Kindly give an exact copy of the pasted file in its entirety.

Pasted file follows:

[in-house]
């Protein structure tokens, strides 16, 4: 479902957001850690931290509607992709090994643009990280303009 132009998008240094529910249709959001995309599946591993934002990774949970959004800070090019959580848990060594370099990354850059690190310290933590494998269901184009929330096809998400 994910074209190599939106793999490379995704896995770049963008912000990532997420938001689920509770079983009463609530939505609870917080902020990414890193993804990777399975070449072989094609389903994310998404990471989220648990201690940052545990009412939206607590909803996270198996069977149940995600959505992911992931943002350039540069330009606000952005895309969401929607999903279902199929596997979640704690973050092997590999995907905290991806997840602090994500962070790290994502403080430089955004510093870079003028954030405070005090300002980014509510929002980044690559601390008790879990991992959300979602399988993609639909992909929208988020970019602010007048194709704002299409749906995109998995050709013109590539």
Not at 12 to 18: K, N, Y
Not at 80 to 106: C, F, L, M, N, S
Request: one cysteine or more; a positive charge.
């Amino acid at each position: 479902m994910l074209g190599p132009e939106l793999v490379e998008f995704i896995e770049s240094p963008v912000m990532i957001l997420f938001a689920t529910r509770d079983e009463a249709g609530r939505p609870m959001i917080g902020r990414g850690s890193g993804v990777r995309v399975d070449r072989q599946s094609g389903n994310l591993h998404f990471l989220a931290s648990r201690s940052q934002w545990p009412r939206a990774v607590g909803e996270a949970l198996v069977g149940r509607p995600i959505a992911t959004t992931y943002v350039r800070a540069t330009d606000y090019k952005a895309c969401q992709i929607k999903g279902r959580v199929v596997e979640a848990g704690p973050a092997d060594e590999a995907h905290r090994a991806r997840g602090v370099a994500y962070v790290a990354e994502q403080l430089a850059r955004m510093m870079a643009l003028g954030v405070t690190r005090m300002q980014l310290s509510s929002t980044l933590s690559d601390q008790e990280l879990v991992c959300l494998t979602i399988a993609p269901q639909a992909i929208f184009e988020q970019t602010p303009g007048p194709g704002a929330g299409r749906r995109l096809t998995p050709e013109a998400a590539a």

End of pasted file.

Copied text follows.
[in-house]
């Protein structure tokens, strides 16, 4: 479902957001850690931290509607992709090994643009990280303009 132009998008240094529910249709959001995309599946591993934002990774949970959004800070090019959580848990060594370099990354850059690190310290933590494998269901184009929330096809998400 994910074209190599939106793999490379995704896995770049963008912000990532997420938001689920509770079983009463609530939505609870917080902020990414890193993804990777399975070449072989094609389903994310998404990471989220648990201690940052545990009412939206607590909803996270198996069977149940995600959505992911992931943002350039540069330009606000952005895309969401929607999903279902199929596997979640704690973050092997590999995907905290991806997840602090994500962070790290994502403080430089955004510093870079003028954030405070005090300002980014509510929002980044690559601390008790879990991992959300979602399988993609639909992909929208988020970019602010007048194709704002299409749906995109998995050709013109590539």
Not at 12 to 18: K, N, Y
Not at 80 to 106: C, F, L, M, N, S
Request: one cysteine or more; a positive charge.
């Amino acid at each position: 479902m994910l074209g190599p132009e939106l793999v490379e998008f995704i896995e770049s240094p963008v912000m990532i957001l997420f938001a689920t529910r509770d079983e009463a249709g609530r939505p609870m959001i917080g902020r990414g850690s890193g993804v990777r995309v399975d070449r072989q599946s094609g389903n994310l591993h998404f990471l989220a931290s648990r201690s940052q934002w545990p009412r939206a990774v607590g909803e996270a949970l198996v069977g149940r509607p995600i959505a992911t959004t992931y943002v350039r800070a540069t330009d606000y090019k952005a895309c969401q992709i929607k999903g279902r959580v199929v596997e979640a848990g704690p973050a092997d060594e590999a995907h905290r090994a991806r997840g602090v370099a994500y962070v790290a990354e994502q403080l430089a850059r955004m510093m870079a643009l003028g954030v405070t690190r005090m300002q980014l310290s509510s929002t980044l933590s690559d601390q008790e990280l879990v991992c959300l494998t979602i399988a993609p269901q639909a992909i929208f184009e988020q970019t602010p303009g007048p194709g704002a929330g299409r749906r995109l096809t998995p050709e013109a998400a590539a």